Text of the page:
Hell as Pavilion at Palais de Tokyo in Paris explores the question of ‘being contemporary’ in a cultural crisis. The exhibition’s title arise from the words HELL AS, as they appear in Jean-Luc Godard’s movie ‘Socialisme’ and refers to today demonisation of Greece – with a play on words, btetween Hell and Hellas – as an allegory to reflect on the the absurdity of (co-)existence – political, economic and also cultural.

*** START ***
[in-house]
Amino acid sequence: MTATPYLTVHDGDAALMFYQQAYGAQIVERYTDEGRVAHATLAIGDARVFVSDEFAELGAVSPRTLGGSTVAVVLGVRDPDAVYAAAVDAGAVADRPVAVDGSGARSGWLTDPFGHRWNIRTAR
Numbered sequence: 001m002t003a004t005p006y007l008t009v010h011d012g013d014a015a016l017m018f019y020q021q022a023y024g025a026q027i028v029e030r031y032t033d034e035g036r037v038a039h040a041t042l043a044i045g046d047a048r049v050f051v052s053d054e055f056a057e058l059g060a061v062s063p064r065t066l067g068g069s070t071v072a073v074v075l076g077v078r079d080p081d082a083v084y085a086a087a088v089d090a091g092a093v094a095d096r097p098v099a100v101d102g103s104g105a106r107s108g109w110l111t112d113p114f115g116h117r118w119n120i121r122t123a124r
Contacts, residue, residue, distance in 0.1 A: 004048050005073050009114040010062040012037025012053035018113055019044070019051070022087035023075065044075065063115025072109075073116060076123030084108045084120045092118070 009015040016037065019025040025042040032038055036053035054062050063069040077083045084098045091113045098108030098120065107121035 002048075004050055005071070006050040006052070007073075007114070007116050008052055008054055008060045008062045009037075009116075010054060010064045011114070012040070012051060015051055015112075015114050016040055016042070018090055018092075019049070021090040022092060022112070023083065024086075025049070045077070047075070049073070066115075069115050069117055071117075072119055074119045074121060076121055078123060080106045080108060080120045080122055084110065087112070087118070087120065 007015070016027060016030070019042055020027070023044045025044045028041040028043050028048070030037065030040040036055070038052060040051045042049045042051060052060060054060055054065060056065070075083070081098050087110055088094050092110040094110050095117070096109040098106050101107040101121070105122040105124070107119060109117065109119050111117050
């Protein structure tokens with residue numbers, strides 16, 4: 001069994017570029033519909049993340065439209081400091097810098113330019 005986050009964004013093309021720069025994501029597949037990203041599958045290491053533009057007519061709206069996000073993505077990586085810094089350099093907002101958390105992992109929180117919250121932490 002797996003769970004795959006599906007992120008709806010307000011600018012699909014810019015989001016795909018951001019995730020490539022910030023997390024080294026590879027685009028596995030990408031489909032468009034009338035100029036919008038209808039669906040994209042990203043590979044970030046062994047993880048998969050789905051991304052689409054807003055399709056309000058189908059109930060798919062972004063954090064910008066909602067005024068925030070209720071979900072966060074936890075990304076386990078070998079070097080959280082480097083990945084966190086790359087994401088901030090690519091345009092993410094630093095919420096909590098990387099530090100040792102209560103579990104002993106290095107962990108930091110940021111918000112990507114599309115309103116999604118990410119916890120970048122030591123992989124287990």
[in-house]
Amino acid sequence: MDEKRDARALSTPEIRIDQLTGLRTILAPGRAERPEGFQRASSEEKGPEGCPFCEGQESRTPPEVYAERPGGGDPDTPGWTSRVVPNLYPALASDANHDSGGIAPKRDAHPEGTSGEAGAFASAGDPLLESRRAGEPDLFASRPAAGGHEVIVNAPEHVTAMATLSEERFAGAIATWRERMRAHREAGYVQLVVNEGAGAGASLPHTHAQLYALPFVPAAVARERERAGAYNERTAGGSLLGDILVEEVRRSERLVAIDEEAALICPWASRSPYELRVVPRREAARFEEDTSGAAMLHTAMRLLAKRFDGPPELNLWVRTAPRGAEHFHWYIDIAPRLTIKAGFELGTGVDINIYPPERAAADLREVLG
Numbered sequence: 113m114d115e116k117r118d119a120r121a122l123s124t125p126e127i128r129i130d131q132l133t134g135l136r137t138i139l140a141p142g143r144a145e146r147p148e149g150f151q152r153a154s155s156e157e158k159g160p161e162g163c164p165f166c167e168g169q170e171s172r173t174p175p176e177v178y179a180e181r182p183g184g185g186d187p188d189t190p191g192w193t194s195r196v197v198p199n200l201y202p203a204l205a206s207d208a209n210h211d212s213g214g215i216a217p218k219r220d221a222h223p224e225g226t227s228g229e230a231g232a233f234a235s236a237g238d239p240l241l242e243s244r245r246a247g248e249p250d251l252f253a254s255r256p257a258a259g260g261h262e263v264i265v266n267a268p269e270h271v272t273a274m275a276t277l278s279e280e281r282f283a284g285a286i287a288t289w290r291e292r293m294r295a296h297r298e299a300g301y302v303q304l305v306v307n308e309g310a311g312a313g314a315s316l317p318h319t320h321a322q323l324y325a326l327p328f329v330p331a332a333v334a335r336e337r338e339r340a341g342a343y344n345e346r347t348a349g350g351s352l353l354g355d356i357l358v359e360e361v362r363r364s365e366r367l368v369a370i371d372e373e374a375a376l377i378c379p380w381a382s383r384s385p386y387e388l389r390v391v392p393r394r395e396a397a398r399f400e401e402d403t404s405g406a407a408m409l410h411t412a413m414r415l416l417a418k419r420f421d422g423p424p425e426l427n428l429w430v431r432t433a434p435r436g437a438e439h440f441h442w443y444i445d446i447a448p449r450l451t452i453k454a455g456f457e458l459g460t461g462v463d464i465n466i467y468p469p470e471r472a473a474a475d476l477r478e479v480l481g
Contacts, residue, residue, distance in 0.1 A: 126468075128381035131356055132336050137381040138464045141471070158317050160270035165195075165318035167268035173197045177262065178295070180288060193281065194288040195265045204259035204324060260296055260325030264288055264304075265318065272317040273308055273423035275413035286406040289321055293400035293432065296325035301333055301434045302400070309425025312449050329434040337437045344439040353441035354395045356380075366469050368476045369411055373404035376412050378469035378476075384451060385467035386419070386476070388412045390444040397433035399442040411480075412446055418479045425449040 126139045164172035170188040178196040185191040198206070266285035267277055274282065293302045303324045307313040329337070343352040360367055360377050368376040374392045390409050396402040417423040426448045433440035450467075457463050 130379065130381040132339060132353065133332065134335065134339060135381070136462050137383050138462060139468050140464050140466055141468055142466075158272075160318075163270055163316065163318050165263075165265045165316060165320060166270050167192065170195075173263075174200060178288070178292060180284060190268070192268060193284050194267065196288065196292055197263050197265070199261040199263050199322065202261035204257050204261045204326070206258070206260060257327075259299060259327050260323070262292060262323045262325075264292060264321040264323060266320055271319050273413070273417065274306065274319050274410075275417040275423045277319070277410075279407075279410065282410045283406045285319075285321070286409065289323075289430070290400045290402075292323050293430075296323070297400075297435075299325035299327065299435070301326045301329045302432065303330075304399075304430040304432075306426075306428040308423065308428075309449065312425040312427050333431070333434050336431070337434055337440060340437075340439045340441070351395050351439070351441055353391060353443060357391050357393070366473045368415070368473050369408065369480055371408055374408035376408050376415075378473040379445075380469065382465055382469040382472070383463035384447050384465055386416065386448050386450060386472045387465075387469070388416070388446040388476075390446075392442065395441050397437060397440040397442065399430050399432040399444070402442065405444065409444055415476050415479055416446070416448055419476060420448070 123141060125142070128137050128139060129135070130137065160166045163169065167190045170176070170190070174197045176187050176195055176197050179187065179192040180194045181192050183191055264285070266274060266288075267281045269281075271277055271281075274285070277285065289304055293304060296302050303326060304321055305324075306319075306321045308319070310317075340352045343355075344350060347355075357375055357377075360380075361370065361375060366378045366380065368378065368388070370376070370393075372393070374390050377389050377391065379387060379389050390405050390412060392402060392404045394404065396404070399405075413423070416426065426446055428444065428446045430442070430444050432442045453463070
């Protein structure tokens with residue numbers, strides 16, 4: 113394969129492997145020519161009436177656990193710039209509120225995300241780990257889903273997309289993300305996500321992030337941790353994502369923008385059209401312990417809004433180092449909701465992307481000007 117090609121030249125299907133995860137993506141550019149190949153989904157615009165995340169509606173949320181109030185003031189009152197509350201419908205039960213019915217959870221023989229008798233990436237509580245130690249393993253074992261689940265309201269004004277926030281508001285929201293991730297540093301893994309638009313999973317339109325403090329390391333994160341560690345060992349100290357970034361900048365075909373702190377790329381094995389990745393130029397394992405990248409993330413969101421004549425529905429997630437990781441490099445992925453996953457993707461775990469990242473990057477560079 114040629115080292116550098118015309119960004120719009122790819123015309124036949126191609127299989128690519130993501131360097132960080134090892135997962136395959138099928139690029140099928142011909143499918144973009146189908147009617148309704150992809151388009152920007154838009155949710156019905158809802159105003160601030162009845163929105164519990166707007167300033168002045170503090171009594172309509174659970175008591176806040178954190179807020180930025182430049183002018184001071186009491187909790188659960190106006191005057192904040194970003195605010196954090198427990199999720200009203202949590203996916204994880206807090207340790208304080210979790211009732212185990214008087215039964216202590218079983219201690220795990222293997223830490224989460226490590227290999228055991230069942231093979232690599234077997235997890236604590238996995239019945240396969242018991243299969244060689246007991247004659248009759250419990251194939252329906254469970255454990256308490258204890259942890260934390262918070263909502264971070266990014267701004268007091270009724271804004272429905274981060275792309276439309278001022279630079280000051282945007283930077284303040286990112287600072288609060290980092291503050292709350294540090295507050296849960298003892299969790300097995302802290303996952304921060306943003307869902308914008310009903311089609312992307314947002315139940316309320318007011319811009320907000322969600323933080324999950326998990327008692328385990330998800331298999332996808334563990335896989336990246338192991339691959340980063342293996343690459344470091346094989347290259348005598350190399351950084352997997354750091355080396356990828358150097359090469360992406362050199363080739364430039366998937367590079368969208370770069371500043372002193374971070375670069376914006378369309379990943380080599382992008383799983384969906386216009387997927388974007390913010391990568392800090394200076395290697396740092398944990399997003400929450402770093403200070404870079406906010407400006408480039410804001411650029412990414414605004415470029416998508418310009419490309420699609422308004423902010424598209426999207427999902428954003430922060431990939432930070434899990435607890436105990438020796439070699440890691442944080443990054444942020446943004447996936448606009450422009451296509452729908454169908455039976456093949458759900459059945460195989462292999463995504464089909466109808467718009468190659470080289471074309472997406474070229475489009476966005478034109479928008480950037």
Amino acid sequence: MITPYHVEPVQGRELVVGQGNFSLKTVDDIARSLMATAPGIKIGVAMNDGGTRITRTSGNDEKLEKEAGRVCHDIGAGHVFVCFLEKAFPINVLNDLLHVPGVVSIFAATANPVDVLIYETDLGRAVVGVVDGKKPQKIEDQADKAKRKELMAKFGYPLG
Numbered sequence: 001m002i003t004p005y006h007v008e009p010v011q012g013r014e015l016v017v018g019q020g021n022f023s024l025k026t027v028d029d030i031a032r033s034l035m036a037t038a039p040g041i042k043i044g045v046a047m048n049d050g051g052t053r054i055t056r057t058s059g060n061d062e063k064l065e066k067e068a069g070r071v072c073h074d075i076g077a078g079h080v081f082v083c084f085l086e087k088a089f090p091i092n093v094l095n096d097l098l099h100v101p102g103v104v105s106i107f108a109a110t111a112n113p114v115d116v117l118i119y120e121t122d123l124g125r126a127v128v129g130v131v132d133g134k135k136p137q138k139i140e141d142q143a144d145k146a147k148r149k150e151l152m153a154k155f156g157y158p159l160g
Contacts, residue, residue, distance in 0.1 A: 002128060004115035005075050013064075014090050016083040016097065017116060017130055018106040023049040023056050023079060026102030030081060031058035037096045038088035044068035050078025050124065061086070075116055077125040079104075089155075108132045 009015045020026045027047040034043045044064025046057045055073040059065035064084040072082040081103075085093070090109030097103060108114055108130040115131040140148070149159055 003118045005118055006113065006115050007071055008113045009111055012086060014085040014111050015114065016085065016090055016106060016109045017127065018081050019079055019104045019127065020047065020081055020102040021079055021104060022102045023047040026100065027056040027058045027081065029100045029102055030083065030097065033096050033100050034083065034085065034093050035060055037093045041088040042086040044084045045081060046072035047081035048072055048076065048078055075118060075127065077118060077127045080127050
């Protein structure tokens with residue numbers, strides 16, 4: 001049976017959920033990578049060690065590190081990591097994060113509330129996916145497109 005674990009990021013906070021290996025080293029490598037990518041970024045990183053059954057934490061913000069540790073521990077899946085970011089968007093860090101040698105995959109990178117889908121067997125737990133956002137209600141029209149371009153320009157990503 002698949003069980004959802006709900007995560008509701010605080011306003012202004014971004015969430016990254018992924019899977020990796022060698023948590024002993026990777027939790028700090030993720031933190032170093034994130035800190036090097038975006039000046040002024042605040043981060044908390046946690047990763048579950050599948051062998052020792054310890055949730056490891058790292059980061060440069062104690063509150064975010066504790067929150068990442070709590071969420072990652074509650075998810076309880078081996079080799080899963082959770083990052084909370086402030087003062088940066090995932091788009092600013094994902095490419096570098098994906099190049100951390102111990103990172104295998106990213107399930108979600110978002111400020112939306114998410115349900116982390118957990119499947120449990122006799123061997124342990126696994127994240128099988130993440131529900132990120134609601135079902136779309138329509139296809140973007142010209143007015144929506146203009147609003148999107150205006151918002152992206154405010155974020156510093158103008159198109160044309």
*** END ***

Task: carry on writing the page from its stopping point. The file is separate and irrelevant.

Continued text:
The show, on display until April 4, brings together a selection of Greek artists from different generations; the artworks by historic exponents of the Greek avant-garde in art and architecture are combined with installations, videos, photos and paintings by younger artists and collectives. The different perspectives presented in the exhibition make clear a sense of urgency in the contemproary Greek art about some issues related to identity and about all those forms of response to challenge what is Other and different. At the same time, the struggle ‘to be in the present’ of the Greek artists represents an opportunity to question the viewer’s owns sense of ‘united’ identity in relation to his/her historical and cultural background and to the economic crisis. ‘Hell as Pavilion’, ‘Hell as art practice’, but, above all, ‘Hell as modus vivendi’.